All Your Wikipedia

by Violet Blue on August 14, 2005

are belong to marketers:

“I can’t say who I am, but I do work at a company that uses Wikipedia as a key part of online marketing strategies. That includes planting of viral information in entries, modification of entries to point to new promotional sites or “leaks” embedded in entries to test diffusion of information. Wikipedia is just a more transparent version of Myspace as far as some companies are concerned.”

(Boing Boing link)

I have been encouraged by my pal Thomas to get busy with accurate sex info at Wikipedia, but haven’t had a chance, though until now I had still intended to. Now I’m not so sure. I blogged SugarHive: The Sex Wiki and Wiki After Dark last week on Fleshbot and now I wonder how contaminated these wikis could get with adult spammer-type marketing content. It’s fairly easy to weed through the lame porn spam entries in things like del.icio.us and Technorati, but I wonder…. then again, big porn companies can barely match their press releases with their site content (and many have just discovered spell check), so why should I worry? Oh yeah — penis enlargement pill companies. Just think, you go looking for hope and advice, or at least information so you can get your sex life back in gear, and it’s an entry about pills and crappy dick pumps…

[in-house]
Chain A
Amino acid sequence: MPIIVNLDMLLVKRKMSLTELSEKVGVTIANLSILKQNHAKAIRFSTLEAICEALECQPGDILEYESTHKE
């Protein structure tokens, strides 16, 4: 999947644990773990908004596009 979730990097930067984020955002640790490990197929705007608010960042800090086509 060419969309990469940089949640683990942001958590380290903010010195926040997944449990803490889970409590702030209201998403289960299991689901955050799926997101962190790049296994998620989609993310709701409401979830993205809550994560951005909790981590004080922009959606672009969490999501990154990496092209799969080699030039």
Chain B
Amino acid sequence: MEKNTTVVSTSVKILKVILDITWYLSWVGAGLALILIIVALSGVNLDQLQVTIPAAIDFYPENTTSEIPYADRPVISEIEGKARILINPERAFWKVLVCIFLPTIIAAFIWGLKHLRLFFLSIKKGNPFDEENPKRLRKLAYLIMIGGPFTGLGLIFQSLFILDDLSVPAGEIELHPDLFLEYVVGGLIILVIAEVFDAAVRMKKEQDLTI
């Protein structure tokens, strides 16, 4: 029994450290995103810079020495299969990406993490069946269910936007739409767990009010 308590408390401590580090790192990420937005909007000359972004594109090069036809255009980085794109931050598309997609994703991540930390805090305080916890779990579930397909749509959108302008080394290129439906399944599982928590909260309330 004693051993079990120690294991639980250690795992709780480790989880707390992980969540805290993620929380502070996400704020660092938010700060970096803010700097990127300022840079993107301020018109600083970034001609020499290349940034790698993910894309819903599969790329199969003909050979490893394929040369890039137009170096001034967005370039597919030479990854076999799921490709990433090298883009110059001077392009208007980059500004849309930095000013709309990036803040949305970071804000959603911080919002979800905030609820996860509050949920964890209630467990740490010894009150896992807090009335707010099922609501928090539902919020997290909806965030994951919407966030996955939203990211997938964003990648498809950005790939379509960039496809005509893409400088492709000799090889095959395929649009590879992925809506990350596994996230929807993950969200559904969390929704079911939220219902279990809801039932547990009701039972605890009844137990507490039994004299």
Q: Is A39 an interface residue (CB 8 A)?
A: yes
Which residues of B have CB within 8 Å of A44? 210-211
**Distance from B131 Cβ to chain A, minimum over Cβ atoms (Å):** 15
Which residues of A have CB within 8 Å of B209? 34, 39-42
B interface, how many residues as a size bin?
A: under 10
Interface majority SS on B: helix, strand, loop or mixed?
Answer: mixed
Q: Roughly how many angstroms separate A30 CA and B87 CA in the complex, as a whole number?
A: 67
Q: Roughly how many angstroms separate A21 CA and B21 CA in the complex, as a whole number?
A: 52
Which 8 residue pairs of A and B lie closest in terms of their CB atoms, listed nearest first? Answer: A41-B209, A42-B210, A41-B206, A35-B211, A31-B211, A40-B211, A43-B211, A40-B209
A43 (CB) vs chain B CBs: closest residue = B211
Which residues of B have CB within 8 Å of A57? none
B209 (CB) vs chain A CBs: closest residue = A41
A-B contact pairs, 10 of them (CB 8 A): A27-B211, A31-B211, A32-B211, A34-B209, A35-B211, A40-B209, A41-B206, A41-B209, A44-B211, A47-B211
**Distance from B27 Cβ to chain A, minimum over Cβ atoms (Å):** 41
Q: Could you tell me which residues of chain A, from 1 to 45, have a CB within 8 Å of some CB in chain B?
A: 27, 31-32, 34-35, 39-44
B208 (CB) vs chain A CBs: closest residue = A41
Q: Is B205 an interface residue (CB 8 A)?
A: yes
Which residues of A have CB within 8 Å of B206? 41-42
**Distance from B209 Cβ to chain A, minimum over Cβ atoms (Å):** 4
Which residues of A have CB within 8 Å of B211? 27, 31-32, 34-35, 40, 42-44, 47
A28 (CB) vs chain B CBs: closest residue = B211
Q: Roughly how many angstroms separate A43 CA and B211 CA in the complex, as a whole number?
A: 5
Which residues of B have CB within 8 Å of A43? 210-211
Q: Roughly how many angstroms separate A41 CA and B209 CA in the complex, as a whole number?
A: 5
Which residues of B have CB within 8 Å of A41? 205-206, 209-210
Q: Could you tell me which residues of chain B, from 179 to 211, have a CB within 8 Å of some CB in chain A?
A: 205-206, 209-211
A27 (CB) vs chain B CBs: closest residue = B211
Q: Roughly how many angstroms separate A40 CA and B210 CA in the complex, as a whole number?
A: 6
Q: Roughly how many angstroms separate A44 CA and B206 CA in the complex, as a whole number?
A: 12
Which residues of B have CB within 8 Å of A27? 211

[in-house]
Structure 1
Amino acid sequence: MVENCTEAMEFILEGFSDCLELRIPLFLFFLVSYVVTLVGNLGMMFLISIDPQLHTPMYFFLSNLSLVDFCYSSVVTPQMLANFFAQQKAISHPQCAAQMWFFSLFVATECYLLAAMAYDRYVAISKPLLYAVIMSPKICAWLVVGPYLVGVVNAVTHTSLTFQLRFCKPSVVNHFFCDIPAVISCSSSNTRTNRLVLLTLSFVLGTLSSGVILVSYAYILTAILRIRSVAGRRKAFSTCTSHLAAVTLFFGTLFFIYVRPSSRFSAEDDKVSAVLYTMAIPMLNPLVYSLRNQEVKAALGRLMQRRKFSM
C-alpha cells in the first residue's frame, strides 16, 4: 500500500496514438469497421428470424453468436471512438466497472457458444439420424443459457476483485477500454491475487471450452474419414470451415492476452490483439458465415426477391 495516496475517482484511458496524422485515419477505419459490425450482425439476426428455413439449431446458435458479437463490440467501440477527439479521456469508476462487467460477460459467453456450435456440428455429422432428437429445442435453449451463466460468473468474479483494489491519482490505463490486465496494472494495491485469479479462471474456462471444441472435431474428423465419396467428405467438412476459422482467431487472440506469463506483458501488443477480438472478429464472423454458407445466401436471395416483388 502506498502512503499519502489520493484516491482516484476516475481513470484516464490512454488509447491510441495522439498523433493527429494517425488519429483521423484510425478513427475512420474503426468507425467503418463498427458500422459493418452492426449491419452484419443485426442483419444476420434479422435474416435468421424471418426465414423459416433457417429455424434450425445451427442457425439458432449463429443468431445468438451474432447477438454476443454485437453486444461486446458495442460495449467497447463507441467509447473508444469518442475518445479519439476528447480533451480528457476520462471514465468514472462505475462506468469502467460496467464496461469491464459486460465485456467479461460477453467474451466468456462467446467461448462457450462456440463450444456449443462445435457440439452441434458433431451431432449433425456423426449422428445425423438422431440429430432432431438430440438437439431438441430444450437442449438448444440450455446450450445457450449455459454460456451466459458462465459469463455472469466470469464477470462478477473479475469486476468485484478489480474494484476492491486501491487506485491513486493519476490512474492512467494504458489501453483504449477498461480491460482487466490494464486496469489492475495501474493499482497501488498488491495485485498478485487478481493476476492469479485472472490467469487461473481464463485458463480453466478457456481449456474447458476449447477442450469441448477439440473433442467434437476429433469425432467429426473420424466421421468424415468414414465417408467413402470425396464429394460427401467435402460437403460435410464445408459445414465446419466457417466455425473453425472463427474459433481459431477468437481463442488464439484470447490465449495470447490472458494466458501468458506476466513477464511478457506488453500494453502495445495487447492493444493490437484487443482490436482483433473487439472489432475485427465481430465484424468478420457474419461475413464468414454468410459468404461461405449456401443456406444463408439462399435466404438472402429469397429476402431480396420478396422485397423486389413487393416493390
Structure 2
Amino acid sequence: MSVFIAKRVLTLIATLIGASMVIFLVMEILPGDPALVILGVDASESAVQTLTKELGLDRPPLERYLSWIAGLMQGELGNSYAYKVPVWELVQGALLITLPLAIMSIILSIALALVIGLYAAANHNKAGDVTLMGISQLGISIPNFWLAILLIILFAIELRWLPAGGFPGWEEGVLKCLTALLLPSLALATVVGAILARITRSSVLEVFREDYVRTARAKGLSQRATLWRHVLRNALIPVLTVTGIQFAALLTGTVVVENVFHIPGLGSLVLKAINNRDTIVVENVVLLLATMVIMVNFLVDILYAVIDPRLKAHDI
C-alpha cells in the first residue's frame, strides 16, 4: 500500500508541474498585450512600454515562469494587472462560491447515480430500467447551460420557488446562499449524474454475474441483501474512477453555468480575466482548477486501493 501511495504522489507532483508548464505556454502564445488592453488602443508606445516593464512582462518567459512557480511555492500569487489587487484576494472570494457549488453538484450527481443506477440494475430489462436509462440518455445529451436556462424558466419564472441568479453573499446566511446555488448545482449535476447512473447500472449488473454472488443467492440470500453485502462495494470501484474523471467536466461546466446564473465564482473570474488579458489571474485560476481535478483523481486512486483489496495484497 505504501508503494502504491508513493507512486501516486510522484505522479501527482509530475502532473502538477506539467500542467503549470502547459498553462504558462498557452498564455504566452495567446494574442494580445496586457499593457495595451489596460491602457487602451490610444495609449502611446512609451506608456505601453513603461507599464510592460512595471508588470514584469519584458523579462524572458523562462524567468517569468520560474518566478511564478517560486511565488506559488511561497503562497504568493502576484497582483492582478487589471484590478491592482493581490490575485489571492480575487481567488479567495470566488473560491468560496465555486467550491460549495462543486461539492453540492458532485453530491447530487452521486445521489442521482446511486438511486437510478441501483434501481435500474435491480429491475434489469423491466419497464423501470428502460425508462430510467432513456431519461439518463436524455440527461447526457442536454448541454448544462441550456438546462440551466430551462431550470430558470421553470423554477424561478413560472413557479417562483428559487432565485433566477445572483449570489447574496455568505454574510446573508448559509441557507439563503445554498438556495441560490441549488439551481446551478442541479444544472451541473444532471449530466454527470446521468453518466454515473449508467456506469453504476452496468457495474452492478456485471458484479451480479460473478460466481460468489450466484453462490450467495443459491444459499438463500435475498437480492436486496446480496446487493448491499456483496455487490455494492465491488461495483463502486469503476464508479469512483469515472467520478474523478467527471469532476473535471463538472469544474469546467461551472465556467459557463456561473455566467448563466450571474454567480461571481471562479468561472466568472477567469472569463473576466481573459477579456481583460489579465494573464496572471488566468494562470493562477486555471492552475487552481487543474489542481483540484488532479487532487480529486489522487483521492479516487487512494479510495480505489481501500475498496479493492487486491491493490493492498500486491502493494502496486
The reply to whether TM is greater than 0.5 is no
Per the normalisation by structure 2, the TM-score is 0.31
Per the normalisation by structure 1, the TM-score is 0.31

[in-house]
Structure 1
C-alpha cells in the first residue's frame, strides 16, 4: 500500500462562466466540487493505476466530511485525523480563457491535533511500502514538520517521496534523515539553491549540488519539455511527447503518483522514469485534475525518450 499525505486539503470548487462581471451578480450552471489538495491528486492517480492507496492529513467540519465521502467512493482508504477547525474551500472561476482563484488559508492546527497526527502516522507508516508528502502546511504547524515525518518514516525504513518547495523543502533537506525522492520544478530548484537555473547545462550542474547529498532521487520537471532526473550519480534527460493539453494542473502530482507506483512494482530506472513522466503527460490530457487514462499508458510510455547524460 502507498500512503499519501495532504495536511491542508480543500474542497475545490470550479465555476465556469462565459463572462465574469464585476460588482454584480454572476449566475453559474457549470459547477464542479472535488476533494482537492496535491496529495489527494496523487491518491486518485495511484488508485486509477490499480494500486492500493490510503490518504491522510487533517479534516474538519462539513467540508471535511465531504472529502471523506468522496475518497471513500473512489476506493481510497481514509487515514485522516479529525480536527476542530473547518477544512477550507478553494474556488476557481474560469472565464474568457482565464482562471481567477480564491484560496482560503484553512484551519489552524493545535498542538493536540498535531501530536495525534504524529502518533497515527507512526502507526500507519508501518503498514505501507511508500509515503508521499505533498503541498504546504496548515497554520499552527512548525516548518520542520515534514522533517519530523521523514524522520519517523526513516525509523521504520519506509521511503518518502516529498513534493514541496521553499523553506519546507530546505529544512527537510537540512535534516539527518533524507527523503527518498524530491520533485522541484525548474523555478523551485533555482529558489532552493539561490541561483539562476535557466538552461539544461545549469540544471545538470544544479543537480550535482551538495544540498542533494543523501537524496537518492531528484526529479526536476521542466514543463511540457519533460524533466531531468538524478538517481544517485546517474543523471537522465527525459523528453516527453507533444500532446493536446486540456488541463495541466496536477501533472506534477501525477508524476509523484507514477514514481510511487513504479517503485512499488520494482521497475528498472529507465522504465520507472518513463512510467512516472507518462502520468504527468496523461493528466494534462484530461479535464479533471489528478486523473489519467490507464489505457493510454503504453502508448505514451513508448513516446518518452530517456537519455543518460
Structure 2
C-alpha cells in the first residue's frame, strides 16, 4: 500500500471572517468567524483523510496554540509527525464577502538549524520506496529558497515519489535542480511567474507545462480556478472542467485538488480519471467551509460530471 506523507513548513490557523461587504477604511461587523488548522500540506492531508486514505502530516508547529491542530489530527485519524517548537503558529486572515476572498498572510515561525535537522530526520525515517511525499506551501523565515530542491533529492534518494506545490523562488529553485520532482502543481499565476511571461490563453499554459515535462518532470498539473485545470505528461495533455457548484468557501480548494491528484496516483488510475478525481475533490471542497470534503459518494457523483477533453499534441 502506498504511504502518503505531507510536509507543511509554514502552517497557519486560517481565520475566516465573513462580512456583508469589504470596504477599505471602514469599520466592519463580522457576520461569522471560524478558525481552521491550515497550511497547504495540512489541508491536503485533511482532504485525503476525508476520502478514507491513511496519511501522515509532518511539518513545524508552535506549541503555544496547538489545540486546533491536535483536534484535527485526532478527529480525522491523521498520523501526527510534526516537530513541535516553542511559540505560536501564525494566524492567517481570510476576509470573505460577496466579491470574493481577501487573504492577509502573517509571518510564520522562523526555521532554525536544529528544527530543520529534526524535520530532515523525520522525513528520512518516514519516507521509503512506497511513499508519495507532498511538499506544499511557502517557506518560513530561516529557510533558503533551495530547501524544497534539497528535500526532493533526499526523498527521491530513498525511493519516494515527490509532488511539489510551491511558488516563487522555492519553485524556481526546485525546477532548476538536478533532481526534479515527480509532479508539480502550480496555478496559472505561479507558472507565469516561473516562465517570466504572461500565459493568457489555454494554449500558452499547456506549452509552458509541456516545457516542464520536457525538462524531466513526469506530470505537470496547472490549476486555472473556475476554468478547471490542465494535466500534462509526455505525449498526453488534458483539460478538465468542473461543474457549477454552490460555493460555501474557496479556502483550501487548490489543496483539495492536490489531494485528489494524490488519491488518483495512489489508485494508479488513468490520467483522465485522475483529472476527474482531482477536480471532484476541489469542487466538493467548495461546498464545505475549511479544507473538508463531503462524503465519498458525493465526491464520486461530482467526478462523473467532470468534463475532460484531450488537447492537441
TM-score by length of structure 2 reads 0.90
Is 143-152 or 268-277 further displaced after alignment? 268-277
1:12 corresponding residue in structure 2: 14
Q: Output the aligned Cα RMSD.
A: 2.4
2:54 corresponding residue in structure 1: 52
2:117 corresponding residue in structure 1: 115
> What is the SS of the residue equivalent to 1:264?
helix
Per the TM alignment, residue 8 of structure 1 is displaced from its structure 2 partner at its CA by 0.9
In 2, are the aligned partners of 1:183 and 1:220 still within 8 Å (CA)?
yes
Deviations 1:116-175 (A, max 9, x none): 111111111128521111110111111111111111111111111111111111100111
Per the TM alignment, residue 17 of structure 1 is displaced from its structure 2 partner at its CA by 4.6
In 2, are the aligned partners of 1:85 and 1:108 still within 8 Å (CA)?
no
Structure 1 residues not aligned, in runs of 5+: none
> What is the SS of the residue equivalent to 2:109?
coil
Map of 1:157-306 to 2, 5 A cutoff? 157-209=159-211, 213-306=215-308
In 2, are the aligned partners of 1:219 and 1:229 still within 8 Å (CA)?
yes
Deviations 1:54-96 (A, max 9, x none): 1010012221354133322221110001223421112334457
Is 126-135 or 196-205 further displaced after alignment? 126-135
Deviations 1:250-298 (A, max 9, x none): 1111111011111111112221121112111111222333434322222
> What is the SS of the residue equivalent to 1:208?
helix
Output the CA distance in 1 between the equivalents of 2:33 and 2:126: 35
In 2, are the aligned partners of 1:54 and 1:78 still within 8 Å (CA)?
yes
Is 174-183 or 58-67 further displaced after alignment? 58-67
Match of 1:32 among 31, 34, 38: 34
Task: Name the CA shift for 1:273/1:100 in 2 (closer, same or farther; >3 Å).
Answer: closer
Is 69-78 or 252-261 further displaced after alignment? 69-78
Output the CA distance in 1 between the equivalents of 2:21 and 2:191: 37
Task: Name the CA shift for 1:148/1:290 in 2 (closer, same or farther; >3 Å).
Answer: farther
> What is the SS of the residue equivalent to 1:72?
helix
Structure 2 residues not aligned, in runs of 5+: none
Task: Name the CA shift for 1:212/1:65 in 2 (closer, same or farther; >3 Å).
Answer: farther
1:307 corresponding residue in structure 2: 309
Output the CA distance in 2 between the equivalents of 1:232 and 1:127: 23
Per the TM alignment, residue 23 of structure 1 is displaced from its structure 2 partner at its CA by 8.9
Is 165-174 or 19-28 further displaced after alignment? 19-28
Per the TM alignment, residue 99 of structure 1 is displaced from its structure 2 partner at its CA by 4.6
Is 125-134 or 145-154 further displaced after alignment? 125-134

Update: BBC responded to their part.

Violet Blue

The London Times named Violet Blue "One of the 40 bloggers who really count" and Self Magazine named TinyNibbles one of the “Best Sex Resources for Women.” Blue is an autodidact and pundit on sex and technology, hacking and security, porn for women, privacy and bleeding-edge tech culture. She is a journalist for ZDNet, CBS News, CNET; she's an educator, speaker, crisis counselor, volunteer NGO trainer, and the author and editor of over 40 award-winning books.

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